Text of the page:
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The comments below specify the scope of each field.
namespace ns1 class class1 ab ,a10 ;Valid within the class subroutine sub1 record ac ,d2 ;Valid within the subroutine proc begin data ad ,i4 ;Valid within the BEGIN-END block end xreturn endsubroutine endclass endnamespace
Access to a structure and all of its members declared within a routine are limited to the scope of the routine in which it was declared.
Constant data is not modified at all during program execution. It is defined with the LITERAL statement or by the class READONLY or CONST field modifiers.
Local data is specific to a routine. It can be defined within a RECORD statement that is not part of a GLOBAL‑ENDGLOBAL block or in a subroutine or function that is declared outside of a class. The LOCAL and STATIC qualifiers on the RECORD, FUNCTION, and SUBROUTINE statements can also designate data as local. See the RECORD‑ENDRECORD Discussion for a more thorough discussion of LOCAL and STATIC.
The lifetime of local data is determined by the lifetime of the routine, and the data goes out of scope when the routine ends.
Instance data is tied to an object variable. When you instantiate an object, it creates data and assigns a reference of that newly created object to an instance variable. Once there are no more references, either because the variable was explicitly cleared or because it went out of scope, the instance is destroyed and the data goes away.
An instance variable is specific to the block in which it is defined. The DATA statement is one way to define instance variables. The lifetime of an instance variable is determined by the block in which the object variable is declared. When the block ends, the variable goes out of scope.
All class instance data operates the same as if the ‑qcheck compiler option was specified. Class instance data cannot be subscripted, nor can arrays be accessed beyond their bounds for any class instance data. This is also true for local DATA statement variables.
Global data remains resident in memory for as long as the program is running. It is defined in a global data section, in a COMMON statement, or as static class data (in other words, as a field within a class that has the STATIC qualifier). Static class data is shared by all instances of the class.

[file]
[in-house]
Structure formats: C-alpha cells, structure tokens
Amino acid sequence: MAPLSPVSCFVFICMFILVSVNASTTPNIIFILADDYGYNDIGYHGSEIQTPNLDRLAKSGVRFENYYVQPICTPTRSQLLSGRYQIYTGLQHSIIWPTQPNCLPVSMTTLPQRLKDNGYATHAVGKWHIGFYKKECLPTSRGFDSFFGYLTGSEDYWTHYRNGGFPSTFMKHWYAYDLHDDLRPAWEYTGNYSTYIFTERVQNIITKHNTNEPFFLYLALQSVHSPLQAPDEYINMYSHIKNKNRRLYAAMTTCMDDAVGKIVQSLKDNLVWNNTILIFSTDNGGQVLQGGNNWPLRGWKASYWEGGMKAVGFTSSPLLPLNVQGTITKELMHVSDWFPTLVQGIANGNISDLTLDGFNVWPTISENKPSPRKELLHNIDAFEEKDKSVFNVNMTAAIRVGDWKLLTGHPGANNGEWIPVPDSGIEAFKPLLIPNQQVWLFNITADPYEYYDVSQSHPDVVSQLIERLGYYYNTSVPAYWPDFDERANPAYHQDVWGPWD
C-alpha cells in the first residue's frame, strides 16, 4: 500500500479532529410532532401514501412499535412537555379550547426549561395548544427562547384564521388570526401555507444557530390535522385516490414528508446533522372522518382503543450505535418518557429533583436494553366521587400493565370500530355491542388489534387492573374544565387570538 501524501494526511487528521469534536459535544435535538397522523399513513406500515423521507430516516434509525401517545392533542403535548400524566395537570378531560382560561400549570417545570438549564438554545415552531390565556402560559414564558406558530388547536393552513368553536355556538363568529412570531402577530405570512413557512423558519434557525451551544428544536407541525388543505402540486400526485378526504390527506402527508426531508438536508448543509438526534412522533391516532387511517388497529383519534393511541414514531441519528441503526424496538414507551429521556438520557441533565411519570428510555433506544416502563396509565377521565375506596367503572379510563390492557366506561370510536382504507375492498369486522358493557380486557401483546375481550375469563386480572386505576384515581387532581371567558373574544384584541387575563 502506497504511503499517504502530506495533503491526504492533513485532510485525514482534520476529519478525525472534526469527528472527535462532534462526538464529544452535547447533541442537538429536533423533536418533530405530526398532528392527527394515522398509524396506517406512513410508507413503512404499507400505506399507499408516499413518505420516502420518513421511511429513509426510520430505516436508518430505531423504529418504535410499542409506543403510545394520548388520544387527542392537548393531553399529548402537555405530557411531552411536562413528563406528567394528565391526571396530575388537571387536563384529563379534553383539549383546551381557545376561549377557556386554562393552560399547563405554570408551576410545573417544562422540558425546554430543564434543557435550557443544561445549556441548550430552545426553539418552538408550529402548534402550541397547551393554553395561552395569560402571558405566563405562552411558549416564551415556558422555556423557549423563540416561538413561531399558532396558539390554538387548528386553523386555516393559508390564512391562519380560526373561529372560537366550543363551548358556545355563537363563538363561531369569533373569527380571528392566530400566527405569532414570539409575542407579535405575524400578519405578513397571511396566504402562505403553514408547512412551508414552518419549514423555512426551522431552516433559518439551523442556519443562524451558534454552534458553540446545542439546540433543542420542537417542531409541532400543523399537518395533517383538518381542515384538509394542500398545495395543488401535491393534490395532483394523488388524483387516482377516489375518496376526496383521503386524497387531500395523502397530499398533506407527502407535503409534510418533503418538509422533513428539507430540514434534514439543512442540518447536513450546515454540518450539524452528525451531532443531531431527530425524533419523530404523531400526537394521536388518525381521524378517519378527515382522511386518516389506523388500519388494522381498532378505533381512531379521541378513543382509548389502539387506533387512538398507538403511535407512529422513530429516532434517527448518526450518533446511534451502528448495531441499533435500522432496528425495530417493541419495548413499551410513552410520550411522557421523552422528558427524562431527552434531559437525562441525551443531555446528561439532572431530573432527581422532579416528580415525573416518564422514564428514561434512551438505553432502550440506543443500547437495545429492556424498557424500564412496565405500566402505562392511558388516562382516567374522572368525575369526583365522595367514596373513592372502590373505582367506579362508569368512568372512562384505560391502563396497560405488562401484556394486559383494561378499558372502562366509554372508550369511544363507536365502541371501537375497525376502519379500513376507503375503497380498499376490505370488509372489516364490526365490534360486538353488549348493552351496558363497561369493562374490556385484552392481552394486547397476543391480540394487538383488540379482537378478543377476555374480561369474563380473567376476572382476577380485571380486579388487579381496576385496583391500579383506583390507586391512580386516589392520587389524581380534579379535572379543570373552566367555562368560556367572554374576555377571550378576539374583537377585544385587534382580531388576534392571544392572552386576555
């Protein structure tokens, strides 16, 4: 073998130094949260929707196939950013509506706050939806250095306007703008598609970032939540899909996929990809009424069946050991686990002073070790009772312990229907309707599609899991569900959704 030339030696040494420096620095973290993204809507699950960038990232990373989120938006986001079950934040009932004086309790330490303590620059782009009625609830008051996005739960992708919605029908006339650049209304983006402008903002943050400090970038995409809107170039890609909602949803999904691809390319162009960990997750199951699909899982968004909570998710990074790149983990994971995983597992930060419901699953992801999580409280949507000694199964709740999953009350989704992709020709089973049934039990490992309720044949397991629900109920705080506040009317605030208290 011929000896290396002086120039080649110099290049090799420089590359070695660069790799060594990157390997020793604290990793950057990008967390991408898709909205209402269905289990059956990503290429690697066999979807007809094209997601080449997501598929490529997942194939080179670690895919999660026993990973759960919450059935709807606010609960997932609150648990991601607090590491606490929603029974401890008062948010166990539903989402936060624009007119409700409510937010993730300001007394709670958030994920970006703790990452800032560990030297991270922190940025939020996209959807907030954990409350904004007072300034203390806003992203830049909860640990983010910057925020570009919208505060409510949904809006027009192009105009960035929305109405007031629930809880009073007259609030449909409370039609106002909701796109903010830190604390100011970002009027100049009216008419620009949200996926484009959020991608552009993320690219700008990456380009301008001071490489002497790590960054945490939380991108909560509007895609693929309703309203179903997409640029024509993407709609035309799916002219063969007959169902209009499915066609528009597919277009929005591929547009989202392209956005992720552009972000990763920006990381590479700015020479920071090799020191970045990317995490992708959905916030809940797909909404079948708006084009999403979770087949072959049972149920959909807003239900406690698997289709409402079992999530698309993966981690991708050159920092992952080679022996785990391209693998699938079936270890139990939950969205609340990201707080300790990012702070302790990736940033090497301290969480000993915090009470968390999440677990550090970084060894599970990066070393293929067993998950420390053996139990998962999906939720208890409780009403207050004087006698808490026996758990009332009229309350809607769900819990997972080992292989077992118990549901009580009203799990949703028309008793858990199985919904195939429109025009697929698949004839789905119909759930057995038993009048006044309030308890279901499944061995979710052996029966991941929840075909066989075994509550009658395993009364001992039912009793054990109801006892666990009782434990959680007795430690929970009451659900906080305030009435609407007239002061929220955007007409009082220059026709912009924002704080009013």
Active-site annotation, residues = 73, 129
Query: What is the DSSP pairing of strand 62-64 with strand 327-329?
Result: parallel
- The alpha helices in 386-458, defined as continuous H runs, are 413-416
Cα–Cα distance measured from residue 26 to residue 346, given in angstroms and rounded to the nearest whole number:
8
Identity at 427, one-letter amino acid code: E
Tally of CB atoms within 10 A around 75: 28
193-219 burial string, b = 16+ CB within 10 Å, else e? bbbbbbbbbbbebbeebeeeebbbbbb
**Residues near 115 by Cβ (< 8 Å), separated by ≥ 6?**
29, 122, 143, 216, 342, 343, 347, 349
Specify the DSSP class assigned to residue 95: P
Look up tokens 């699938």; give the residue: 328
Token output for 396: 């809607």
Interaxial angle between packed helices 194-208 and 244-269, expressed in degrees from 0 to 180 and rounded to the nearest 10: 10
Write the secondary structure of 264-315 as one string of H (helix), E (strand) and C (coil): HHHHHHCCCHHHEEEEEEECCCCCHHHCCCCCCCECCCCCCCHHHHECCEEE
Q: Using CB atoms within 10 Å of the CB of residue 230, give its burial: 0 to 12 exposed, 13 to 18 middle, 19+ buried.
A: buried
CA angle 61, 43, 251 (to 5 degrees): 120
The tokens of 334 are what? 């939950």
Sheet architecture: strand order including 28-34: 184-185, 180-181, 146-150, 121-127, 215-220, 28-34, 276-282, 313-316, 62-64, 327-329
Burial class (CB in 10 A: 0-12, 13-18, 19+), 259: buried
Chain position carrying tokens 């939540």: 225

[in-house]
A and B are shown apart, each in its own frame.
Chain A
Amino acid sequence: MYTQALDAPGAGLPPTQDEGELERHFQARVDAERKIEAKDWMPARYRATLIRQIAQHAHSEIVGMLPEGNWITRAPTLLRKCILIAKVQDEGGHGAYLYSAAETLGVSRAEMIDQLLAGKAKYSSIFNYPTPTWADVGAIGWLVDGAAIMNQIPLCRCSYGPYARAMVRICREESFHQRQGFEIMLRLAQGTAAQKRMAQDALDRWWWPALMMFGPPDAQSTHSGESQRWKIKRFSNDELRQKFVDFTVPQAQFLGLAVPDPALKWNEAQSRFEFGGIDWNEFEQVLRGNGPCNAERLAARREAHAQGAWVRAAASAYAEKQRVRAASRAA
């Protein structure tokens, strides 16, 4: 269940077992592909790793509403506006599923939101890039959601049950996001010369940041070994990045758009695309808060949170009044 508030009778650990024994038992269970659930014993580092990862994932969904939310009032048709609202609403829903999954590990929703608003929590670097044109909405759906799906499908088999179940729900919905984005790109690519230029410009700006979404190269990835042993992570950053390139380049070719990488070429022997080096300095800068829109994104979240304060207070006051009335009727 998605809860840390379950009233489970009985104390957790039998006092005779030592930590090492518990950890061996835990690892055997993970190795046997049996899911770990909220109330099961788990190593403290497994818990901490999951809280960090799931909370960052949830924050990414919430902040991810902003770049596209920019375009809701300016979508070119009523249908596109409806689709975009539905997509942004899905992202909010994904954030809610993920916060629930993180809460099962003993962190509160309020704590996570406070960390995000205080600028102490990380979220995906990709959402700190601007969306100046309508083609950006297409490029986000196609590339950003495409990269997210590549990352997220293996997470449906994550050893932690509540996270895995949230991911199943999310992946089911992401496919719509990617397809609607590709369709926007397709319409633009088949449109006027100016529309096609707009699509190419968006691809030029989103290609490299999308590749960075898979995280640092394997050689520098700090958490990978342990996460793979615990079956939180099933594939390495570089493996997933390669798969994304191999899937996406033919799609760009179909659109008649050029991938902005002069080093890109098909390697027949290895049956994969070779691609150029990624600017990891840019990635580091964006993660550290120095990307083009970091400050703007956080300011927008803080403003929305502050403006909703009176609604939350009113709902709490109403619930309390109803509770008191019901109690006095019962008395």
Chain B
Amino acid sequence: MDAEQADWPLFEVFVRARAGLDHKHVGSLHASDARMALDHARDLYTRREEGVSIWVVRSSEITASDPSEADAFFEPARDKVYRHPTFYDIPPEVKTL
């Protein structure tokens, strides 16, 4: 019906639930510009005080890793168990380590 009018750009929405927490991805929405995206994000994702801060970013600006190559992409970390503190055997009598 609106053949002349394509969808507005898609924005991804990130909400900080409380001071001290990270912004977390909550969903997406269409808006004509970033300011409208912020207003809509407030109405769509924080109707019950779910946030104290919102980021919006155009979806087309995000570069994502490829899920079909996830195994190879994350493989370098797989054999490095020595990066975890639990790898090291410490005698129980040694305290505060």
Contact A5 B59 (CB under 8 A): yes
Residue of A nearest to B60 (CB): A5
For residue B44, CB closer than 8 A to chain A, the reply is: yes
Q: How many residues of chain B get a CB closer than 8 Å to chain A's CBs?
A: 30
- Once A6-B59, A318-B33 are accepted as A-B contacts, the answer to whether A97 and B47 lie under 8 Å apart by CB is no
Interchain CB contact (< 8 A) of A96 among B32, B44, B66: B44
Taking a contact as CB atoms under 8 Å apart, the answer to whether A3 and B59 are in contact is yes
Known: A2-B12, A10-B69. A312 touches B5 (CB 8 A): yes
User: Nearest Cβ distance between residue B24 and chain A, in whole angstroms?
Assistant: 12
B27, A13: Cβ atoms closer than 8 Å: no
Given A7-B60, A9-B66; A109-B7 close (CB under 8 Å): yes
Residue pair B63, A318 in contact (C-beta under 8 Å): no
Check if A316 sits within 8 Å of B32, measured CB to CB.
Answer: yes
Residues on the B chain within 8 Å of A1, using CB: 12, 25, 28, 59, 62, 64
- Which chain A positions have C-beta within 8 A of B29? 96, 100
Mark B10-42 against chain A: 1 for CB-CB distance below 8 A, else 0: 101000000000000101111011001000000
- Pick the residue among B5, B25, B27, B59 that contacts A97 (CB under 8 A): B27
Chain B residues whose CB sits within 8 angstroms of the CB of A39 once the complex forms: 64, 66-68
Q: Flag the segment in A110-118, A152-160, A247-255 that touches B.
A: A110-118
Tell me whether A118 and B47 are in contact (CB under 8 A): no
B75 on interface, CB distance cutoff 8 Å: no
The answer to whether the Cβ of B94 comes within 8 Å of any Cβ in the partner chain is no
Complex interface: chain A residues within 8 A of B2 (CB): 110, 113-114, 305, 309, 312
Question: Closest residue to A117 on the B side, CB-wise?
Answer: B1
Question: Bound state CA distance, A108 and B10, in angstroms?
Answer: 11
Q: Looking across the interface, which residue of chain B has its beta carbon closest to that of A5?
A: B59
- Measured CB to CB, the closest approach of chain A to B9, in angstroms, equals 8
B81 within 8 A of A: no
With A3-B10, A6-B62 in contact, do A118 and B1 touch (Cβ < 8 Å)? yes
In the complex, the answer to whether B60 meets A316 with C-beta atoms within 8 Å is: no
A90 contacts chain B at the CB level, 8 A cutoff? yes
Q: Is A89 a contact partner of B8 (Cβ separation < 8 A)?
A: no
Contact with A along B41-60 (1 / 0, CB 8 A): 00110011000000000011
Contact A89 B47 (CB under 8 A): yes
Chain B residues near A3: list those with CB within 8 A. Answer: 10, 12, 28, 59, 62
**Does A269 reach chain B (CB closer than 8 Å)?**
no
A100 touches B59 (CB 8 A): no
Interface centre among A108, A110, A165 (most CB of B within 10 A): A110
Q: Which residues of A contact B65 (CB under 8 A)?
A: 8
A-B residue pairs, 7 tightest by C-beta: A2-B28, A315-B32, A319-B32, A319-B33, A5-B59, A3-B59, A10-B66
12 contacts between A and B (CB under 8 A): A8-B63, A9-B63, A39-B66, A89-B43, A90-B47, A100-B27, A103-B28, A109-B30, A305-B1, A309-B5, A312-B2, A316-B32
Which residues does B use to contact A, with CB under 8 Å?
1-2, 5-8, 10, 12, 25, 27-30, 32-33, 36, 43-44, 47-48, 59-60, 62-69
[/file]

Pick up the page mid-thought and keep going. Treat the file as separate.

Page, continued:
The compiler resolves identifiers in the order given below. (For resolution purposes, two identifiers are considered the same if they are identical after being lowercased.)
Because functions can be called without a % character (and in traditional Synergy, subroutines can be called without “XCALL”), it’s especially important to understand how the compiler resolves identifiers used in the procedure division that are not also the name of a Synergy statement. Note that if the identifier is preceded by a % character, the compiler restricts its search to only look for a function. Similarly, if the identifier is preceded by “XCALL,” the compiler only searches for a subroutine.
Memory can be managed either statically or dynamically. Static memory is persistent throughout the life of the program. A static record’s data is only initialized when the program is started.
Dynamic memory management is the allocation, usage, and deallocation of memory that is controlled at execution time, rather than compile time. The elements of the language that support dynamic memory are
Synergy DBL supports memory access mechanisms using the “handle” concept. A memory handle is an integer identifier that the Synergy runtime associates with a given memory segment. It is to be used whenever that memory segment is referenced.
A memory handle is either volatile (dynamic) or static. Volatile memory handles remain valid until one of the following is true:
Static memory handles are “persistent” and remain valid until one of the following is true:
A memory handle is essentially an index into an access array that is maintained by the runtime. A positive value is a one‑based index into the static handle array, while a negative value is a negative one‑based index into the volatile handle array. Any given memory handle can be stored in whatever numeric Synergy DBL field can represent that handle’s value (although we strongly recommend an aligned i4 field).
Note that we refer to operations in terms of memory handles, not memory (for example, “generate a memory handle,” “release a memory handle,” and so forth). We do so because, even though all memory handles have a memory segment associated with them, different operations can occur for a given memory handle function depending on the class of its associated memory. For example, releasing a memory handle associated with a Synergy DBL window’s user data set does not “free” its user data set’s memory.